It is tempting to fight with the Brambles on our own patches of land due to their ferocious growth and prickly habit. However, with so much to give, both to us and the bees, why not consider leaving a clump to grow naturally? Just remember to leave the first berries for the faeries!

‘There was a man in our town,

And he was wondrous wise,

He jumped into a bramble bush,

And scratched out both his eyes….

And when he saw what he had done,

With all his might and main

He jumped into the bramble bush,

And scratched them back again!’

English Nursey Rhyme

Ali Hollingbery

Sunday 5th July 2020

This week’s Forage of the Week is carrots and Parsnips as nominated by Ann-Chantal Ballard. Photos by Chris Clark.

If you leave a few of your carrots and parsnips in the ground at the end of the season, next year, they will grow about 5 ft tall and produce lovely flowers.

These will attract lots of pollinators including bees and make a very attractive show in your vegetable plot!

Additionally, you can collect the seeds ready for next year.

If you leave a few of your carrots and parsnips in the ground at the end of the season, next year, they will grow about 5 ft tall and produce lovely flowers.

These will attract lots of pollinators including bees and make a very attractive show in your vegetable plot!

Additionally, you can collect the seeds ready for next year.

Sunday 28th June 2020

This weeks Forage of the Week is the common, or purple foxglove, Digitalis purpurea, pictured from the wood adjoining Chris Clark’s garden.

The foxglove essentially is a biennial (although can sometimes be annual/perennial). It likes acid soils, woodland and areas of freshly disturbed ground. In the first year after the seeds have germinated the plant produces a ‘rosette’ of leaves – essentially absorbing nutrients and storing energy. In the second year they produce a ‘flower spike’.

The foxgloves corolla consists of five fused petals. It is unclear why there are hairs inside the tube of the flower – Possibly it forces pollinating insects up and against the stamens. There are two long and two short stamens on the inner roof of the flower that produce the pollen. (See pollen on the top of the bee). This is transferred to the female stigma, and subsequently style, of another flower. Pollinators favour it with long tongues such as the bumblebee, but honeybees will often give them a go!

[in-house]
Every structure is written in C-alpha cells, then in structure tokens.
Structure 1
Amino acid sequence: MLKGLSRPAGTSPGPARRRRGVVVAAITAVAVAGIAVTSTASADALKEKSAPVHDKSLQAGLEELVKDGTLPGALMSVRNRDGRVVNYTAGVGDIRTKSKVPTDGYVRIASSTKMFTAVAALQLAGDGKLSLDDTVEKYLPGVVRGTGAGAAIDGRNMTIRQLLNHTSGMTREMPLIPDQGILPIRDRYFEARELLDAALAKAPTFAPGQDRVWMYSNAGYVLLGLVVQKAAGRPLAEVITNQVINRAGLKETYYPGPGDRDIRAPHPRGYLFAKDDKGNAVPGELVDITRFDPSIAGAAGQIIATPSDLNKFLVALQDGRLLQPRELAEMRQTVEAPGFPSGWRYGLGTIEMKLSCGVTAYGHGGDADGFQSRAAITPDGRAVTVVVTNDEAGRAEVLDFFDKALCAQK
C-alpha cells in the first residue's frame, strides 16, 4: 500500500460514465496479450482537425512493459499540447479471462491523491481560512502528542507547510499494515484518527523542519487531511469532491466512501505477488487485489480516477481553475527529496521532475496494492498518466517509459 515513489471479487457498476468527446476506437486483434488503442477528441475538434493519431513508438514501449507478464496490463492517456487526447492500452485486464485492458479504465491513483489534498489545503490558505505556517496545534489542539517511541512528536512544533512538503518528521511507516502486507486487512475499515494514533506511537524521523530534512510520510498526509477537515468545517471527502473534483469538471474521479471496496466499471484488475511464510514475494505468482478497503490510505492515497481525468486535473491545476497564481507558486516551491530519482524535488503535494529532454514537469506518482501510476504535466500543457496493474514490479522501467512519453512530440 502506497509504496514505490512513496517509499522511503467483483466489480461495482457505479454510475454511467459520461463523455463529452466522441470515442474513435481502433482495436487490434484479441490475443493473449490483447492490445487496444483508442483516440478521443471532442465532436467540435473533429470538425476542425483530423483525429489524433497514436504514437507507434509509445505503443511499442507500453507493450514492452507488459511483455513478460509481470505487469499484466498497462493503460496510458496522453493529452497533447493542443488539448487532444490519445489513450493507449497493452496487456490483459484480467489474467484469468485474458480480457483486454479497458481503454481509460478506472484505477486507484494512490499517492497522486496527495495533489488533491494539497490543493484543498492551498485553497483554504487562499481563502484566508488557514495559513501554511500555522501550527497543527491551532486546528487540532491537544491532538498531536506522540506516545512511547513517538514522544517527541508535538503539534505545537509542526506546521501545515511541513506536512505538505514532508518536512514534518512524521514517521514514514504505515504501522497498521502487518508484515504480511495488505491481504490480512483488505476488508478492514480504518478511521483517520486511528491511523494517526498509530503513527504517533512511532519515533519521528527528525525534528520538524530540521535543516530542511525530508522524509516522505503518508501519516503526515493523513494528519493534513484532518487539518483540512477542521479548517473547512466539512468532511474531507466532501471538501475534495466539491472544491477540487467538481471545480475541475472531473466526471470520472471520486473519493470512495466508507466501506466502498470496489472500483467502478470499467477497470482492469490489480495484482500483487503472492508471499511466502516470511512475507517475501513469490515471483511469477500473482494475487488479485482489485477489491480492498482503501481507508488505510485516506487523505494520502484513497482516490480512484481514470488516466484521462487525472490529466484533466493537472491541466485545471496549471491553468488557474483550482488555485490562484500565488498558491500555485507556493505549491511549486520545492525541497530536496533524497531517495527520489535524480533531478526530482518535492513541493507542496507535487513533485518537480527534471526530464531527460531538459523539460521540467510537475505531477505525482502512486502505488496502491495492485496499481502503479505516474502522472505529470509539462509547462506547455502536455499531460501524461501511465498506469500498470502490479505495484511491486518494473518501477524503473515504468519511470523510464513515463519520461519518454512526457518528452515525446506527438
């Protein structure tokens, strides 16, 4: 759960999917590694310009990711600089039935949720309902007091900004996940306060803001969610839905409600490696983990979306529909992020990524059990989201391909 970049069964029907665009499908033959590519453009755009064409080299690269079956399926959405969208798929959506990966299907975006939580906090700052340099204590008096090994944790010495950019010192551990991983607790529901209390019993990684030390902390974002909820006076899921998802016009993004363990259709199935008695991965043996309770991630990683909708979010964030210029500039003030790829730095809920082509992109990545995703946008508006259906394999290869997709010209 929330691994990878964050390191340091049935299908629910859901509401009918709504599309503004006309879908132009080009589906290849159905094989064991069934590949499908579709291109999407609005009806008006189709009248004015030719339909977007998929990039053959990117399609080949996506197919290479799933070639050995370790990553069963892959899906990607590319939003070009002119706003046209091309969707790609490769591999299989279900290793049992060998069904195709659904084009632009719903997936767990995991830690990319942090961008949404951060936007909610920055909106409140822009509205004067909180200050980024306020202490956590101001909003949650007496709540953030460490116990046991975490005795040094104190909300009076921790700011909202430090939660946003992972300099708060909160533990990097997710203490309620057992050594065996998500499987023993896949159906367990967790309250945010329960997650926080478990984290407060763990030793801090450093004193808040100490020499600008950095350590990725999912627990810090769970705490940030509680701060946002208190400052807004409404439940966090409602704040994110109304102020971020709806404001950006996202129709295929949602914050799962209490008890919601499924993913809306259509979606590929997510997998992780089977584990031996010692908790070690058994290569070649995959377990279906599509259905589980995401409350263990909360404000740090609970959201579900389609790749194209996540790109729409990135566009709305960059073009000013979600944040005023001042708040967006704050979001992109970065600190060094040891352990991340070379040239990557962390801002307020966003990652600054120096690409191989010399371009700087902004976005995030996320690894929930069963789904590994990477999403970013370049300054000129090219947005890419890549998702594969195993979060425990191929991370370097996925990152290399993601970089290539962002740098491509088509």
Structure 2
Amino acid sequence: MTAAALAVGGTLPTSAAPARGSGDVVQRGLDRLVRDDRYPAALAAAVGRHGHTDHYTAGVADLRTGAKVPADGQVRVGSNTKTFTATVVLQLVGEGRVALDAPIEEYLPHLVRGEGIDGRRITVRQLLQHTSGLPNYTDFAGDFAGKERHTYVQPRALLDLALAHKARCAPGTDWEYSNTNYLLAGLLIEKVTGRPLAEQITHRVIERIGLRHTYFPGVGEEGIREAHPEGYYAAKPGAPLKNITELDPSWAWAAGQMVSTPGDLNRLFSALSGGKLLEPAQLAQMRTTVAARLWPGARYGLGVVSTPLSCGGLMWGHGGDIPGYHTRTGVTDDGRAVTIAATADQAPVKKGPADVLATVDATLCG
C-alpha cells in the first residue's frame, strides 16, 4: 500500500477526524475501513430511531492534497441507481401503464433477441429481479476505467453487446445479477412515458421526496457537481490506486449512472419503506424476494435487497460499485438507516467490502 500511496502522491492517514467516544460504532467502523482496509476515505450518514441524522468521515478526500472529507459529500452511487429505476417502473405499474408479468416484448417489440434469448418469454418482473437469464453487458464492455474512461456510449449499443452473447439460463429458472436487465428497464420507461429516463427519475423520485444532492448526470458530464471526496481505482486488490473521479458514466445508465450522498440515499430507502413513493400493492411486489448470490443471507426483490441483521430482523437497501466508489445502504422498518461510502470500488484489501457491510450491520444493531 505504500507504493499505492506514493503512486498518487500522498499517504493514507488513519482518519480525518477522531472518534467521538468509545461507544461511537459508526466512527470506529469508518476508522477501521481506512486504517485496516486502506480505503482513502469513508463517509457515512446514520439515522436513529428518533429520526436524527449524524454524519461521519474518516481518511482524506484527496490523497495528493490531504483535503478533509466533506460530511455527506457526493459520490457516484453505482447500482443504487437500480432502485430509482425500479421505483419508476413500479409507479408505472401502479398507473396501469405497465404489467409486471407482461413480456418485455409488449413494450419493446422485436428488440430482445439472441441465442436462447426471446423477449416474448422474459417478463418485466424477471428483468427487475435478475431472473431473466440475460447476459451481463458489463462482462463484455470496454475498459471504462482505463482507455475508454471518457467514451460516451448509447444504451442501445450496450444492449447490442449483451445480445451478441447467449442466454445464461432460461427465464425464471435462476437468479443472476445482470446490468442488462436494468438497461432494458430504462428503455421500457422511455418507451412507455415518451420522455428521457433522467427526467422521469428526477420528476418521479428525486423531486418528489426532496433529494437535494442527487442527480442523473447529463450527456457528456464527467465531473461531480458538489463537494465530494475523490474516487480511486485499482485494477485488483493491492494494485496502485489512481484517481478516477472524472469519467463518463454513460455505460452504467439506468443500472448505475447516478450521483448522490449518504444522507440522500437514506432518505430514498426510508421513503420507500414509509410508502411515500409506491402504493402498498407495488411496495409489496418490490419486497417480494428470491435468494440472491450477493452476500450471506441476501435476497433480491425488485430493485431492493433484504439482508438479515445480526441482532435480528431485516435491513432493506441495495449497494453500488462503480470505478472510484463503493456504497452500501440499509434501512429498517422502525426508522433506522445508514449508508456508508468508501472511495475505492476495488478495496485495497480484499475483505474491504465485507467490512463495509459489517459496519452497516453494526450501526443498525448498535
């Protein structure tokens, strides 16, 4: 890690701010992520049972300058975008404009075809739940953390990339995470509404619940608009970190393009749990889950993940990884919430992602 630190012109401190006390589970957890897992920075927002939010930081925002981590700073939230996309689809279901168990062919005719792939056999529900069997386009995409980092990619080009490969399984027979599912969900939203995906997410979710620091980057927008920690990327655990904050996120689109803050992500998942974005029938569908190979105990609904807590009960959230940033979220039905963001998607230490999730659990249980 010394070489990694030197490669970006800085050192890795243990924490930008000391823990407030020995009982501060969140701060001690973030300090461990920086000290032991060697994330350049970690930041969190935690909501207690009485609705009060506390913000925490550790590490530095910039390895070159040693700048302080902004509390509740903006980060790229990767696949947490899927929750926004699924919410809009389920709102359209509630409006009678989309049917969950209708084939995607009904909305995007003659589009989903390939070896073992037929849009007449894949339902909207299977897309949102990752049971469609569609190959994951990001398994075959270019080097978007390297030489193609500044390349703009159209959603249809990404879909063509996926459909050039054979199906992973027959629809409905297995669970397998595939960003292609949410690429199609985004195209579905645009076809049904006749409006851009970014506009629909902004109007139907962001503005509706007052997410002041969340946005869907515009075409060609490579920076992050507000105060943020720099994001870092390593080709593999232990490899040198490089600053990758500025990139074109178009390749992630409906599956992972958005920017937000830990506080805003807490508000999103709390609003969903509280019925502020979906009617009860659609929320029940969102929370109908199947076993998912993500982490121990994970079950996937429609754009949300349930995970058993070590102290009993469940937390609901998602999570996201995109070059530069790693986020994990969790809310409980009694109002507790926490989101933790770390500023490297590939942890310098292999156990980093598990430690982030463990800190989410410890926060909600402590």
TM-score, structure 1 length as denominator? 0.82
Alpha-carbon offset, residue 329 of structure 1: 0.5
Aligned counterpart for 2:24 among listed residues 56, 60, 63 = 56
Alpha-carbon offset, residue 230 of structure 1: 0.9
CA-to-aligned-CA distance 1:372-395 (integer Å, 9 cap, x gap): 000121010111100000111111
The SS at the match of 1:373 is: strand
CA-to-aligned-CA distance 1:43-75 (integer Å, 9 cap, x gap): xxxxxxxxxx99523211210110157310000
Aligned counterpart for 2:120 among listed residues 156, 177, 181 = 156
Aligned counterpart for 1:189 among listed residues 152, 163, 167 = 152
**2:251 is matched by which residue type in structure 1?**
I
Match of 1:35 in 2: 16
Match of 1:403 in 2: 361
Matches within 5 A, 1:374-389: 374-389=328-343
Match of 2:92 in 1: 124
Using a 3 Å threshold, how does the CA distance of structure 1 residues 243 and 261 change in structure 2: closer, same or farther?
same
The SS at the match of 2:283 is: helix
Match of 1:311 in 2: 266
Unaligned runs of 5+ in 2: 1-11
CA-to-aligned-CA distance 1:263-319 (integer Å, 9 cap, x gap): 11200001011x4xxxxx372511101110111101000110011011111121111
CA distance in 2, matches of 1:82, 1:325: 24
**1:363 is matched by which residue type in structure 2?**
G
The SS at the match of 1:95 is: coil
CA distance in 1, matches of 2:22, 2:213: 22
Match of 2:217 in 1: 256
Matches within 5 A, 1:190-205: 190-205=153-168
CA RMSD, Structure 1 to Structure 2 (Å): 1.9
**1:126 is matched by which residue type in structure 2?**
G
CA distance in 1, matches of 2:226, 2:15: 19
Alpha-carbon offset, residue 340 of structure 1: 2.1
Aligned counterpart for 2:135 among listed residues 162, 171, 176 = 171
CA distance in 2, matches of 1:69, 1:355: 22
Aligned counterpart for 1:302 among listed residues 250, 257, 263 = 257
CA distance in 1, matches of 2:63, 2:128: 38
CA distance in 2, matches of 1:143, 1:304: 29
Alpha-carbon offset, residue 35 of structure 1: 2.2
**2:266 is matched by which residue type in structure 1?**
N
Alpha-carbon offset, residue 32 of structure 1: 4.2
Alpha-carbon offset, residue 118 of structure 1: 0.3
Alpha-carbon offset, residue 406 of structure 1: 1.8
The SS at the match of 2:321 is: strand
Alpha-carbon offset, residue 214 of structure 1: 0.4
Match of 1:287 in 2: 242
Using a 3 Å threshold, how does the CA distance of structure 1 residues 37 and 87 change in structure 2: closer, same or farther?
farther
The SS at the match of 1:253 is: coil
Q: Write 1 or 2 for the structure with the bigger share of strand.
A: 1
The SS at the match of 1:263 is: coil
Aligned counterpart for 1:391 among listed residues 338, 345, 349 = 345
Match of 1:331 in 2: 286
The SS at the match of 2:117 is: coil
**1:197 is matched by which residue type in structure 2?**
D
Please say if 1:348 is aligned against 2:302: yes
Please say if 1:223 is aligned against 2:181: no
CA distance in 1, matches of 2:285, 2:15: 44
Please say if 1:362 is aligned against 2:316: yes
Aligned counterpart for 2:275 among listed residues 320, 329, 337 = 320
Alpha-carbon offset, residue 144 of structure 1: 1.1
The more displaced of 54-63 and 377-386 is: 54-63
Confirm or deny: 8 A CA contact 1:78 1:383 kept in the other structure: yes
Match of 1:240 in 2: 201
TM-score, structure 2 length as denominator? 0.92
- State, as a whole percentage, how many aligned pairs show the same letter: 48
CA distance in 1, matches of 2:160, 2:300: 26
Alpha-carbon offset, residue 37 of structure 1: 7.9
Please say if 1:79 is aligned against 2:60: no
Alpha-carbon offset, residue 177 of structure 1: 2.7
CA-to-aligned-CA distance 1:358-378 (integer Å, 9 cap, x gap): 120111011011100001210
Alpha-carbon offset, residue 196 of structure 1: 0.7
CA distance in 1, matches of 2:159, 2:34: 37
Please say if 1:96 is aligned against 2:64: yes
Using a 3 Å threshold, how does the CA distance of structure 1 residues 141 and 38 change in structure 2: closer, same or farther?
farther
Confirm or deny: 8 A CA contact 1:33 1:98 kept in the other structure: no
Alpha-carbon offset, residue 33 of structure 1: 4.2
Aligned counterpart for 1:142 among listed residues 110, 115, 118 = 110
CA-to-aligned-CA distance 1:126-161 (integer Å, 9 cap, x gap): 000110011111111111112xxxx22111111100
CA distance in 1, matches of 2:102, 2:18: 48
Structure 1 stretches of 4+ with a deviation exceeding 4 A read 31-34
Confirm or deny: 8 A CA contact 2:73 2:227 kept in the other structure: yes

All parts of the plant are extremely poisonous. Do NOT eat it from your garden.

Foxglove plants contain cardiac glycoside. Digitalis is a heart medicine derived from this plant. In a controlled dose it is invaluable in treating heart failure. It helps a weakened heart pump harder. It also slows down the heart rate, which is useful in atrial fibrillation/flutter. But it is due to these effects that it can be dangerous and life threatening.

In relation to the eye digitalis can cause xanthopsia (jaundiced or yellow vision), also blurred outlines/haloes around objects. Vincent van Gogh’s ‘Yellow-Period’ may have been influenced by these oculotoxic effects of digitalis therapy, which, at the time, was thought to control seizures. (See pictures below).

To me the foxglove remains both a curiosity and a delight. They are the ’Femme Nikita’ of plants – Beautiful, potentially deadly and invaluable when used properly.

Chris Clark

Sunday 21st June 2020

This week’s Forage of the week is Cotoneaster (Hybridus Pendulum) photographed by Peter Reader.

This Cotoneaster (Hybridus Pendulum) is a fairly large tree and is 60  years old.  It is an evergreen with masses of bright red berries over the winter.  Currently, it has lots of tiny flowers and standing underneath it you would think you are in the middle of a swarm, so loud is the noise from the bees and other pollinators.

Peter Reader